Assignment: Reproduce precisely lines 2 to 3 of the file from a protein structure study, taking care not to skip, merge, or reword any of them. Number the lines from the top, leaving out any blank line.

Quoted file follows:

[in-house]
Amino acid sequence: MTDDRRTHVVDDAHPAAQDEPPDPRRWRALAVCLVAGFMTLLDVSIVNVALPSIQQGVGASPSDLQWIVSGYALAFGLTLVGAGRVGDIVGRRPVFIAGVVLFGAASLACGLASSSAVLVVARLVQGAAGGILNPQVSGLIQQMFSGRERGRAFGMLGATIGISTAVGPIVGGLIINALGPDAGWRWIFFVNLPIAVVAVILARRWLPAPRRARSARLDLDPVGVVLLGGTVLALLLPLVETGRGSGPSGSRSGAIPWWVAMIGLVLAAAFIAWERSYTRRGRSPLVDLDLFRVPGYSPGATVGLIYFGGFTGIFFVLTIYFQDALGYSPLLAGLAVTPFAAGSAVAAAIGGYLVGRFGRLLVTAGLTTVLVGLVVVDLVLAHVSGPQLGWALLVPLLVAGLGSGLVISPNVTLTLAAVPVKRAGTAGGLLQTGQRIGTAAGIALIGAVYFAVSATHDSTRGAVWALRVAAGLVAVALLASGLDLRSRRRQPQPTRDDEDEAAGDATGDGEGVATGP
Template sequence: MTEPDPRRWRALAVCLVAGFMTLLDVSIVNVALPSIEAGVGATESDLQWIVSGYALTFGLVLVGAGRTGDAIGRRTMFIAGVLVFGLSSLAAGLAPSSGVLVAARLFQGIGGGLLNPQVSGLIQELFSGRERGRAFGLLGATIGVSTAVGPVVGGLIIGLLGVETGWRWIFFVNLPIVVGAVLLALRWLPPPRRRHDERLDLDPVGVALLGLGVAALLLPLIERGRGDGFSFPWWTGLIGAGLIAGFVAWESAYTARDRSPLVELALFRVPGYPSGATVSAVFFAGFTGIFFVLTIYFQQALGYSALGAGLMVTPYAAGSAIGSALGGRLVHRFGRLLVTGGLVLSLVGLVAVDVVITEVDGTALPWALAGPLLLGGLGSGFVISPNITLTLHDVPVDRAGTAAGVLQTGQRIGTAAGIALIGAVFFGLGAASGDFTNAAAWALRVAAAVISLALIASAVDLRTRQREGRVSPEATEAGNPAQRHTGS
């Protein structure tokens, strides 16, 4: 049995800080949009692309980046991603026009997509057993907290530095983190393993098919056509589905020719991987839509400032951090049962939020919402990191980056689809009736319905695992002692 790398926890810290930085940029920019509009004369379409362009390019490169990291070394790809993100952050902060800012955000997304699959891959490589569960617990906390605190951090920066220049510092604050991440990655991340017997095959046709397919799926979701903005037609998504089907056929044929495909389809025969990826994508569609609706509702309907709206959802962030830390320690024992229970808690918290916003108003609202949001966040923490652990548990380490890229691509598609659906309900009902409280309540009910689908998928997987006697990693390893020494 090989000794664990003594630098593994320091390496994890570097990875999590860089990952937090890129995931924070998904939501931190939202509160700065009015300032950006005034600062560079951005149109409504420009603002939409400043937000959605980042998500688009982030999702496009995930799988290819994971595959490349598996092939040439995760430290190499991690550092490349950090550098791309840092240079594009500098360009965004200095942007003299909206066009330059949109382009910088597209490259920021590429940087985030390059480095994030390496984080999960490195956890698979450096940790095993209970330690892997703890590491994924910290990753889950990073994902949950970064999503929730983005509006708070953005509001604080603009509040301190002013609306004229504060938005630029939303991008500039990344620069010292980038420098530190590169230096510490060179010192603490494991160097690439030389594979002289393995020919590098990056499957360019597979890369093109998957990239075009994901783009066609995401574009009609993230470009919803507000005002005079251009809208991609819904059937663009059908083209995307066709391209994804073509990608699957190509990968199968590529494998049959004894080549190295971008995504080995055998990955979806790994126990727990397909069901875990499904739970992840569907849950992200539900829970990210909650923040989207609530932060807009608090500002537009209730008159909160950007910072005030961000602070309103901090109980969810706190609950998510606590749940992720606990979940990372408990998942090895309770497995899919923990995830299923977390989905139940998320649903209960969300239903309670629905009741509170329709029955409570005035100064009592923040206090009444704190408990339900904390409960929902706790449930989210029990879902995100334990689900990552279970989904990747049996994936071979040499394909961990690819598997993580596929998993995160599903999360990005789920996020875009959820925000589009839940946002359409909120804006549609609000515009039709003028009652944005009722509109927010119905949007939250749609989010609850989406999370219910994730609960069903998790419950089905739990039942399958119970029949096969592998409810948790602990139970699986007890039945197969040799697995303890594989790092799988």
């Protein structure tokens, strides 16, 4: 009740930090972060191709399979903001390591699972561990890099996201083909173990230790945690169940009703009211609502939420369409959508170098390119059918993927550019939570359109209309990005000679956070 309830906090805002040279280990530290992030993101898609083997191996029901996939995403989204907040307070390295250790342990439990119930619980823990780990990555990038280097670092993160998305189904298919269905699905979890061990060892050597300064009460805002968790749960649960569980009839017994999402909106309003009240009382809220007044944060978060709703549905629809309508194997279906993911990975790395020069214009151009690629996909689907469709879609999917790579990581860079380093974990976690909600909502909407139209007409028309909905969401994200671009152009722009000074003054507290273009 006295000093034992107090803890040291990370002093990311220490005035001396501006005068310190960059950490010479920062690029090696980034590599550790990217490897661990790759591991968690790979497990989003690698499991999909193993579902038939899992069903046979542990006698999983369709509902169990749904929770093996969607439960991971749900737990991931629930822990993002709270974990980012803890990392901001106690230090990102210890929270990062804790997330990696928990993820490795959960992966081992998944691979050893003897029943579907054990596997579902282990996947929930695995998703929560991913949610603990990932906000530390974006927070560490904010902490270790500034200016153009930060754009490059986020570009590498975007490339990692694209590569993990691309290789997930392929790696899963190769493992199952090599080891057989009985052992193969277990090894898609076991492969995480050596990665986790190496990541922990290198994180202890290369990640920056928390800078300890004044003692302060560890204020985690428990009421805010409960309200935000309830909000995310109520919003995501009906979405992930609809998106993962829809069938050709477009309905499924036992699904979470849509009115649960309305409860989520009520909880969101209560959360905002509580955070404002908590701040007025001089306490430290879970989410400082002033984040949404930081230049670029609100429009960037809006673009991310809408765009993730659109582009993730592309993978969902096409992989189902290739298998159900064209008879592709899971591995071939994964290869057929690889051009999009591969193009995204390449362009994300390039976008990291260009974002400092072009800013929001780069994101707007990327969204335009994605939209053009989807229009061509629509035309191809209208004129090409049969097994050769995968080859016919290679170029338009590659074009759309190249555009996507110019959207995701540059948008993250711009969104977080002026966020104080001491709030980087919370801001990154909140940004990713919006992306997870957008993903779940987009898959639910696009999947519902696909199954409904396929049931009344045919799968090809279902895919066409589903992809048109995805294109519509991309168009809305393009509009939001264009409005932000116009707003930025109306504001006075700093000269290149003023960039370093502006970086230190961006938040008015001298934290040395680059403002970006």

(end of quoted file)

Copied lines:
Amino acid sequence: MTDDRRTHVVDDAHPAAQDEPPDPRRWRALAVCLVAGFMTLLDVSIVNVALPSIQQGVGASPSDLQWIVSGYALAFGLTLVGAGRVGDIVGRRPVFIAGVVLFGAASLACGLASSSAVLVVARLVQGAAGGILNPQVSGLIQQMFSGRERGRAFGMLGATIGISTAVGPIVGGLIINALGPDAGWRWIFFVNLPIAVVAVILARRWLPAPRRARSARLDLDPVGVVLLGGTVLALLLPLVETGRGSGPSGSRSGAIPWWVAMIGLVLAAAFIAWERSYTRRGRSPLVDLDLFRVPGYSPGATVGLIYFGGFTGIFFVLTIYFQDALGYSPLLAGLAVTPFAAGSAVAAAIGGYLVGRFGRLLVTAGLTTVLVGLVVVDLVLAHVSGPQLGWALLVPLLVAGLGSGLVISPNVTLTLAAVPVKRAGTAGGLLQTGQRIGTAAGIALIGAVYFAVSATHDSTRGAVWALRVAAGLVAVALLASGLDLRSRRRQPQPTRDDEDEAAGDATGDGEGVATGP
Template sequence: MTEPDPRRWRALAVCLVAGFMTLLDVSIVNVALPSIEAGVGATESDLQWIVSGYALTFGLVLVGAGRTGDAIGRRTMFIAGVLVFGLSSLAAGLAPSSGVLVAARLFQGIGGGLLNPQVSGLIQELFSGRERGRAFGLLGATIGVSTAVGPVVGGLIIGLLGVETGWRWIFFVNLPIVVGAVLLALRWLPPPRRRHDERLDLDPVGVALLGLGVAALLLPLIERGRGDGFSFPWWTGLIGAGLIAGFVAWESAYTARDRSPLVELALFRVPGYPSGATVSAVFFAGFTGIFFVLTIYFQQALGYSALGAGLMVTPYAAGSAIGSALGGRLVHRFGRLLVTGGLVLSLVGLVAVDVVITEVDGTALPWALAGPLLLGGLGSGFVISPNITLTLHDVPVDRAGTAAGVLQTGQRIGTAAGIALIGAVFFGLGAASGDFTNAAAWALRVAAAVISLALIASAVDLRTRQREGRVSPEATEAGNPAQRHTGS